Treatments using in‐office laser devices and intense pulsed light (IPL) for hair removal in patients with pigmented skin have comparable hair reduction rates and number of adverse events, according to results published in the Journal of the European Academy of Dermatology and Venereology.

Researchers conducted a systematic review of literature focusing on the use of IPL and three types of lasers believed to be safer options for hair removal in patients with Fitzpatrick skin types III‐VI: long‐pulsed neodymium: yttrium-aluminum-garnet (Nd: YAG), pulsed diode, and alexandrite. They performed the meta‐analysis using Review Manager and included 12 eligible comparative trials.

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When comparing the lasers and IPL, the alexandrite laser showed the most efficacy in terms of hair count reduction (standard mean deviation −1.7; 95% CI, −2.6 to −0.78; P <.001) whereas the long‐pulsed Nd:YAG laser was statistically heterogeneous (P <.001; I2 =91%), and the diode laser was not favored (standard mean deviation −0.11; 95% CI, −0.62 to 0.39; P =.66). Regarding the visual analog scale, both the long‐pulsed Nd:YAG and diode lasers led to statistically significantly higher scores than IPL (P <.001 for both), and there was no significant difference between IPL and alexandrite laser (P =.55). In terms of safety, the long‐pulsed Nd:YAG laser had more favorable effect in the incidence of postinflammatory hyperpigmentation (odds ratio [OR], 0.26; 95% CI, 0.1-0.78; P =.03), whereas IPL was more favorable than both the long‐pulsed Nd:YAG and diode lasers when discussing incidence of erythema (OR, 1.61; 95% CI, 0.31-8.42; P =.57 and OR, 0.28; 95% CI, 0.04-2.11; P =.22, respectively). Finally, there were no significant differences in satisfaction scores between IPL and the long‐pulsed Nd:YAG and diode lasers. There were no significant differences between the efficacy and safety of the long‐pulsed Nd:YAG laser when compared with the diode and alexandrite lasers.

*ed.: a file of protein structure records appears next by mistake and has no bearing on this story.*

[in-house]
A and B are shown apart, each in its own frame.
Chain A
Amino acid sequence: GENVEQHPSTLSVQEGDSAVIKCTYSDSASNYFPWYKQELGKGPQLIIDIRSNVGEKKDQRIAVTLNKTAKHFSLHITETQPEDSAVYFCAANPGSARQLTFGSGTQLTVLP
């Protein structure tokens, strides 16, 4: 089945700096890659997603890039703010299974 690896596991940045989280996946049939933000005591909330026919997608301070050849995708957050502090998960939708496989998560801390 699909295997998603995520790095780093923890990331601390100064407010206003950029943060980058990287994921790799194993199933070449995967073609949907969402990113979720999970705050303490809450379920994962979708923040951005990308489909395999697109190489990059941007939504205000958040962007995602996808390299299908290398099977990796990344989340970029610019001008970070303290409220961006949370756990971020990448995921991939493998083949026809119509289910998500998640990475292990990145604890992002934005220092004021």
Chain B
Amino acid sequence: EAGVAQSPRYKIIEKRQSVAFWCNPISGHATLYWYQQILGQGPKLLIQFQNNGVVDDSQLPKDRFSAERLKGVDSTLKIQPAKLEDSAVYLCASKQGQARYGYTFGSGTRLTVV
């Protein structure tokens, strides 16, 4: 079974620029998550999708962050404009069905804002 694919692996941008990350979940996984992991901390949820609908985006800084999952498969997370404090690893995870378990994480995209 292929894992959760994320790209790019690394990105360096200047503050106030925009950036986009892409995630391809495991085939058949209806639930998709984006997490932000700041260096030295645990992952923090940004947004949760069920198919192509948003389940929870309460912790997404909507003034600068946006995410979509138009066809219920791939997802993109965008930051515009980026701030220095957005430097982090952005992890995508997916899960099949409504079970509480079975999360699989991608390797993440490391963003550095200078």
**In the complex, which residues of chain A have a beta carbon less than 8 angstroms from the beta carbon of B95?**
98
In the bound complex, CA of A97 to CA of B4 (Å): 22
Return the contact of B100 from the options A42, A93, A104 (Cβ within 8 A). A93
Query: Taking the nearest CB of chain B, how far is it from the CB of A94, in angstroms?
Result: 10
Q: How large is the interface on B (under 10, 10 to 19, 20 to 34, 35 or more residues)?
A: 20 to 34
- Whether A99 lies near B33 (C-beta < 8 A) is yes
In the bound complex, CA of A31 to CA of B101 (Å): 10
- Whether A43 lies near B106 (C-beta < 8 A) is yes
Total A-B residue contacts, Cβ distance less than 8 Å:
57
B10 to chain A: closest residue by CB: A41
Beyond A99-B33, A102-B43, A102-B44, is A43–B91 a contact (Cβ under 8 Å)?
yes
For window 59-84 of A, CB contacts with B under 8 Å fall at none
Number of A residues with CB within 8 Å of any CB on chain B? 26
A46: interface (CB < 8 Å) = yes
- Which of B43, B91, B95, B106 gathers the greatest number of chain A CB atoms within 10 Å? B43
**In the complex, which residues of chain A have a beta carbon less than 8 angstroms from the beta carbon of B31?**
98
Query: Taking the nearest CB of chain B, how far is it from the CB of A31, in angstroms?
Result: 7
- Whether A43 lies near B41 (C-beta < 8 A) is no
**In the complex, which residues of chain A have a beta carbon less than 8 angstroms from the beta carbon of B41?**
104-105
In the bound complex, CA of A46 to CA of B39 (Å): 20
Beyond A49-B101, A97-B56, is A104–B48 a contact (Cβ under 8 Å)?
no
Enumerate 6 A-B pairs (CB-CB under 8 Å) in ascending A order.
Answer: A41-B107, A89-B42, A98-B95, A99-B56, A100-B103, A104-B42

The literature review was limited by small sample sizes, the quality of published studies, and the small number of trials that compare laser use for individuals with pigmented skin.

“Additional well-designed trials are still needed to support present findings and help identify optimal treatment modalities for hair reduction in skin of color,” researchers concluded.

Reference

Dorgham NA, Dorgham DA. Lasers for reduction of unwanted hair in skin of color: a systematic review and meta-analysis [published online October 6, 2019]. J Eur Acad Dermatol Venereol. doi:10.1111/jdv.15995